No products in the cart.
For the last several months, the beauty sphere has been discussing the benefits of the Geisha facial, which boasts bird poop as its main ingredient.
It’s a fair guess to wager that most people don’t like having birds defecate on them. And it’s certainly not something you’d pay to experience.
But when it’s the tiny droppings of nightingales get collected and put into a facial, not only will people put it on their face, they’ll pay around $180 to do it. That’s because the word on Geisha facials is that, similarly to chemical peels, they make skin look brighter and clearer, but without the irritation. And many people swear by it, including Victoria Beckham (New York Times).
But there are some questions surrounding the science. While there are anecdotes from traditional Japanese medicine, the scientific data about bird feces is somewhat scarce.
Nightingale facials became prevalent several centuries ago in Japan for Geishas, who wore very heavy white, lead-based makeup that left their skin damaged. They discovered that the droppings from the Japanese bush warbler, a type of nightingale, would help to clear up skin, leaving them with a great complexion. Even after the use of lead in their makeup was stopped, Geisha’s continued to use the reportedly skin-brightening facial.
In order to make the facial now, the guano — the word for bird feces — is made into a powder and sterilized under UV-light before being used (New York Times, Telegraph). Those who have gotten the facial have assuaged many potential patrons concerns by saying that it doesn’t smell like bird feces.
Urea is the “final product of protein metabolism” and is a substance found in human urine, as well as in the skin at about 1% (Archives of Dermatological Research). When applied to the skin, it works as a natural moisturizing factor (NMF), binding water to the skin, and promoting the production of keratin.
In a study comparing a traditional detergent cleanser and a urea wash, researchers found that the both improved abnormal values of skin moisture, skin surface lipids, and transepidermal water loss (TEWL). However, they found that the wash with urea work for significantly longer (Contact Dermatitis).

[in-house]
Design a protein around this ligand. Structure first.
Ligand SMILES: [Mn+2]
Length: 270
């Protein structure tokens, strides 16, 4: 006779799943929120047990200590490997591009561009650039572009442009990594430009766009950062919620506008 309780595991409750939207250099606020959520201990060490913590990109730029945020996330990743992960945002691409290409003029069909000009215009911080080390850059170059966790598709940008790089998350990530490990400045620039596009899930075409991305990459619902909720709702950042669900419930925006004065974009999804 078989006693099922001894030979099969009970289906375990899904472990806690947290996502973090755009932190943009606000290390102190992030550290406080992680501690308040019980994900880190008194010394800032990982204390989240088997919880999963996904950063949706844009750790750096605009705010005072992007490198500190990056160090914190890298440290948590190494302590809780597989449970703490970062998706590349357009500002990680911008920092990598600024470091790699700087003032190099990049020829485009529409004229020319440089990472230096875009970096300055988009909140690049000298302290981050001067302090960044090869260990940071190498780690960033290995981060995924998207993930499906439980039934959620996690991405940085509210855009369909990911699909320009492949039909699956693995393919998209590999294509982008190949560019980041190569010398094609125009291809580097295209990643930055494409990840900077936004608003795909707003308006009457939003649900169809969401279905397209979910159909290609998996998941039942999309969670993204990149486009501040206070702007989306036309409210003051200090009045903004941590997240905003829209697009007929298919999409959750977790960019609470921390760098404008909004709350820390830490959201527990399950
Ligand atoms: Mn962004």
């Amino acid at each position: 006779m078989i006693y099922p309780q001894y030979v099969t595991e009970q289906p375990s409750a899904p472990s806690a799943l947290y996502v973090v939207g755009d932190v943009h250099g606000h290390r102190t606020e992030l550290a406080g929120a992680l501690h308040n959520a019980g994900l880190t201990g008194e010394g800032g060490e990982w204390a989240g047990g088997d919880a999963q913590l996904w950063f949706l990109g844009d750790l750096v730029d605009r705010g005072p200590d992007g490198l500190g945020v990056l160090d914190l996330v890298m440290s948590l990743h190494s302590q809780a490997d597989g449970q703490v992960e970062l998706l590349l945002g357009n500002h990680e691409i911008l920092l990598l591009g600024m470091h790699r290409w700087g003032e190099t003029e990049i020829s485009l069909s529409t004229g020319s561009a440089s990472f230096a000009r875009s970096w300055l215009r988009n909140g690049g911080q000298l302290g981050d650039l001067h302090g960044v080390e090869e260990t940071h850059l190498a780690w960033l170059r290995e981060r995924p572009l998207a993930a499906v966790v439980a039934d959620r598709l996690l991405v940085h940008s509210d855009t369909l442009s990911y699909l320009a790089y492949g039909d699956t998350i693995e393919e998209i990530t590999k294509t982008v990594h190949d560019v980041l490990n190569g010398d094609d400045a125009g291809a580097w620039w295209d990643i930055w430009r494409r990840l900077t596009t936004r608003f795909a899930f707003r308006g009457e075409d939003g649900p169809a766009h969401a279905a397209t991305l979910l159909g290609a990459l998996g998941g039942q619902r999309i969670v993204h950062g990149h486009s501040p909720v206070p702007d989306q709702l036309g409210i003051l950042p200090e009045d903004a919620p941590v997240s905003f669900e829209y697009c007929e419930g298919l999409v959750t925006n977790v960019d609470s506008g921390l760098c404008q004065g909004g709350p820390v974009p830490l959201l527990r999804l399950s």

In another study researchers tried to discover whether urea, which helps ingredients penetrate skin as a moisturizer, would make irritation from sodium lauryl sulfate (SLS) better or worse (Archives of Dermatological Research). Scientists fond that urea did not help SLS penetrate; in fact, it improved barrier function, decreased TEWL, and helped prevent a reaction.
Other studies have found similar results. One comparing urea to glycerine in terms of treating atopic dermatitis found that while both improved TEWL, urea had a lower number for TEWL (Skin Research and Technology). Researchers concluded that urea was actually better for treating the condition.
If this word seems familiar, it might be because looks similar to the work “guano,” which is typically used to refer to bird excrement — the words have the same route. Guanine is found in most cells in the human body because it’s one of four chemical bases in DNA, the others being adenine, cytosine, and thymine (Human Genome Project).
For this reason, there are claims that guanine can speed up the healing process of the skin, making it smoother and clearer (Asian Beauty Secrets). There are plenty of products that work to target the Guanine nucleotide binding protein or G Protein, but putting DNA onto your skin won’t really make any improvements to the DNA (ASSAY and Drug Development Technologies). So putting Guanine on your skin won’t affect DNA.
While it won’t work by altering DNA, it could potentially have benefits because of its other properties. Yet, despite the popular notion that guanine — when applied topically — will make skin brighter and clearer, there isn’t a lot of scientific data to back it up.
If you’re curious and have an extra $200 to spend, you might be interested in trying a Geisha facial — after all, it does have a lot history of use. But the scientific data backs up one of the components of bird poop and has relatively little information on the topical application of the other. Urea is a common ingredient in moisturizers that can improve the skin barrier, lessen transepidermal water loss, and boost keratin production. Guanine has less research behind it. Bird poop on a whole has very little scientific evidence to support its usage and there are, of course, other ways to get both urea and guanine onto your skin. Still, it’s been popular for centuries so science could uncover benefits yet.